This is a rare congenital complex originally described in 1976 (1). It occurs more commonly in females (91%) although some males cases have been reported (2,3). Most cases are sporadic, however an autosomal recessive mode of inheritance has been suggested in some reports of affected siblings (3-5). Suggested etiology is an intramural inflammatory process affecting the gastrointestinal and urinary tracts leading to extensive fibrosis. The fibrosis destroys the intestinal neural network resulting in hypoperistalsis and neuromuscular incoordination of the bladder. At present it is still not clear whether this is a primary neuropathy or myopathy (6).


  • Dilated, thick-walled, non-obstructed bladder (2,3).
  • Bilateral hydronephrosis (7), but the ureters and kidneys may not be dilated (see case below)  .
  • Bowel is significantly shortened with dilatation of the proximal small intestines, a malrotated microcolon, and ineffective peristalsis producing a functional obstruction (3,7,8).
  • Amniotic fluid volume is usually normal.
  • Polyhydramnios has been reported (8,9).
  • No hydroureters have been reported.


MMIH Syndrome

  • Non obstructed megacystis.
  • Normal amniotic fluid.
  • Female fetus
  • Microcolon on post natal barium enema.


  • Other less common reported findings include distended stomach, hydrometrocolpos, segmental colonic dilatation, omphaloceles and rhabdomyomata.
  • Short bowel, microcolon and microileum cannot be antenatally detected.



  • Posterior urethral valves or urethral atresia (male fetuses without dilated ureters and oligohydramnios is present).
  • In females, lower urinary tract obstruction (urethral stenosis / atresia) may produce similar genitourinary findings, however the oligohydramnios that would be present in these entities are not a feature of MMIH syndrome.



With few exceptions this syndrome is rapidly fatal (6% survivors at one year of age) (10). Despite hyperalimentation, intestinal function is usually the cause of death. Septicemia has been reported to cause the death of some infants (11).

Recurrence risk is 25% in cases of autosomal recessive inheritance. Most cases are however sporadic.




  1. Berdon WE, Baker DH, Blanc WA Megacystis-microcolon-intestinal hypoperistalsis syndrome. Am J Roentgenol 1976;126:957-964.
  2. Krook PM. Megacystis-microcolon-intestinal hypoperistalsis syndrome in a male infant. Radiology 1980;136:649-650.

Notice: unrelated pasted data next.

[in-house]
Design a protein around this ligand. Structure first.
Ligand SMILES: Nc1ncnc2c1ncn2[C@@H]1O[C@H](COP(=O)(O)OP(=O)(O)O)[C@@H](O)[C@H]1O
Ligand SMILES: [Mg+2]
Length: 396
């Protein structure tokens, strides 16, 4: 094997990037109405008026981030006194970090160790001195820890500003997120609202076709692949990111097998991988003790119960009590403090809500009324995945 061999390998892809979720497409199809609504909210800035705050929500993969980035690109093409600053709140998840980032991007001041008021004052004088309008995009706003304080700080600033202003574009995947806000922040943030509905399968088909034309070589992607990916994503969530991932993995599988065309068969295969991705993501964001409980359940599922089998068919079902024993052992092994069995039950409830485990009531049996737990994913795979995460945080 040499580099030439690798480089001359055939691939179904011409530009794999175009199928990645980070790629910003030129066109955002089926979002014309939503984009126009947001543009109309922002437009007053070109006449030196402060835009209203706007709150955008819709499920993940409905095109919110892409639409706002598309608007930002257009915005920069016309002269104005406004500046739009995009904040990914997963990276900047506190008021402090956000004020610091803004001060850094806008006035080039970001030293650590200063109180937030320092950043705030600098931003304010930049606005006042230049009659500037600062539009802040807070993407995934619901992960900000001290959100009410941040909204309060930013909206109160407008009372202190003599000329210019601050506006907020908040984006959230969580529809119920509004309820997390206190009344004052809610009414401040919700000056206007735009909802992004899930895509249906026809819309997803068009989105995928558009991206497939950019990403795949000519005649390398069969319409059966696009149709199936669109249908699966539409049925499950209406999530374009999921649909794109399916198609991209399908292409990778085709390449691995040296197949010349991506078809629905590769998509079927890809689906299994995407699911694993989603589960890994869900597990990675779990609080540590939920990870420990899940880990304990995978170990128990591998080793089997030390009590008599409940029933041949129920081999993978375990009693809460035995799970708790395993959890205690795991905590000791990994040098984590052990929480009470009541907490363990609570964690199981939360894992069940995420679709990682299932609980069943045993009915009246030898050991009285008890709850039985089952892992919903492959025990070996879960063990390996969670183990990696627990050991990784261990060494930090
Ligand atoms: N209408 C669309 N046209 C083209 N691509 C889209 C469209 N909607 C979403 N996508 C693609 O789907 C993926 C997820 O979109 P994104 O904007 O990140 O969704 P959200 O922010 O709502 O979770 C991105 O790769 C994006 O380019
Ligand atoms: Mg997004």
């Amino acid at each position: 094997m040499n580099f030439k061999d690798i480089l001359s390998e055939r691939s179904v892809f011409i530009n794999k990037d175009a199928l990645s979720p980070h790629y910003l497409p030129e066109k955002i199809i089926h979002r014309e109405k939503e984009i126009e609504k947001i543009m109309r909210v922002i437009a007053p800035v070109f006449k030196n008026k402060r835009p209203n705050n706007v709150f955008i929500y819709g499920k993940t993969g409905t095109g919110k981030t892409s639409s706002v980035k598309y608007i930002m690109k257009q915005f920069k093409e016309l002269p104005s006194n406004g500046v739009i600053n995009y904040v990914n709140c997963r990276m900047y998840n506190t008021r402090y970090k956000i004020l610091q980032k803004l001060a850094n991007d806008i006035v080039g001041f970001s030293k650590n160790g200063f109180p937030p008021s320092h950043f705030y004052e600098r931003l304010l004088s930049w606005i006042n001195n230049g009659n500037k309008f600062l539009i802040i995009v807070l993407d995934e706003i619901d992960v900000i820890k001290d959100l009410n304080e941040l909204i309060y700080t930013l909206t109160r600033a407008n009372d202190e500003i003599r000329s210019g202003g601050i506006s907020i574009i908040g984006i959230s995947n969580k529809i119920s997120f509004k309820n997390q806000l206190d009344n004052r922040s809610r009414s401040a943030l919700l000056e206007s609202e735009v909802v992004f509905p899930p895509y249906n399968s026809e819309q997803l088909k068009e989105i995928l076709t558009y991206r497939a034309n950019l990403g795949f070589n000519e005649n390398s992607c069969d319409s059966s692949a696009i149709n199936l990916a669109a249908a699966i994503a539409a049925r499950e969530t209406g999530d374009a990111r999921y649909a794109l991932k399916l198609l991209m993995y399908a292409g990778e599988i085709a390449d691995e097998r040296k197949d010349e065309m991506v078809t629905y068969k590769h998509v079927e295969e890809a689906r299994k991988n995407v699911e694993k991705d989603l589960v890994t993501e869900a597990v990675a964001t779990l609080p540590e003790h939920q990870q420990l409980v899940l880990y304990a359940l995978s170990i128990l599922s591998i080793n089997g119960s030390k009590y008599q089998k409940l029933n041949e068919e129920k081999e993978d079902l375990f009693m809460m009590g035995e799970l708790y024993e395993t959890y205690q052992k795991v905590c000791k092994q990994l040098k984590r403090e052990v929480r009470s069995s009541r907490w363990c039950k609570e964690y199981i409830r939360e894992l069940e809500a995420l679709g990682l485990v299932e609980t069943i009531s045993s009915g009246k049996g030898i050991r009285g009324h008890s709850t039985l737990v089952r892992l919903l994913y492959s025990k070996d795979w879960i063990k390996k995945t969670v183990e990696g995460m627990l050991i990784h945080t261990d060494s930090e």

3. Olivera G, Boechat MI, Ferreira MA. Megacystis microcolon intestinal hypoperistalsis syndrome in a newborn girl whose brother had prune belly syndrome: common pathogenesis? Pediatr Radiol 1983;13:294-296.
  4. McNamara HM, Onwude JL, Thornton JG. Megacystis microcolon intestinal hypoperistalsis syndrome: a case report supporting autosomal recessive inheritance. Prenat Diagn 1994;14(2):153-154.
  5. Puri P, Lake BD, Gorman F Megacystis-microcolon-intestinal hypoperistalsis syndrome: A visceral myopathy. J Pediatr Surg 1983;18:64-69.
  6. Srikanth MS, Ford EG, Isaacs H Jr Megacystis microcolon intestinal hypoperistalsis syndrome: late sequelae and possible pathogenesis. J Pediatr Surg 1993;28(7):957-959.
  7. Jona JZ, Werlin SL. The megacystis-microcolon-intestinal hypoperistalsis syndrome: Report of a case. J Pediatr Surg 1981;16:749-751.
  8. Vezina WC, Morin FR, Winsberg F. Megacystis-microcolon-intestinal hypoperistalsis syndrome: Antenatal ultrasound appearance. Am J Roentgenol 1979;133:749-750.
  9. Manco L, Osterdahl P. The antenatal sonographic features of Megacystis-microcolon-intestinal hypoperistalsis syndrome. J Clin Ultrasound 1984;12:595-598.
  10. Anneren G, Meurling S, Olsen L. Megacystis microcolon intestinal hypoperistalsis syndrome (MMIHS), an autosomal recessive disorder: clinical reports and review of the literature. Am J Med Genet 1991;41(2):251-254.
  11. Yokoyama S, Fujimoto T, Tokuda Y Successful nutrition management of megacystis-microcolon-intestinal hypoperistalsis syndrome – a case report. Nutrition 1989;5(6):423-426.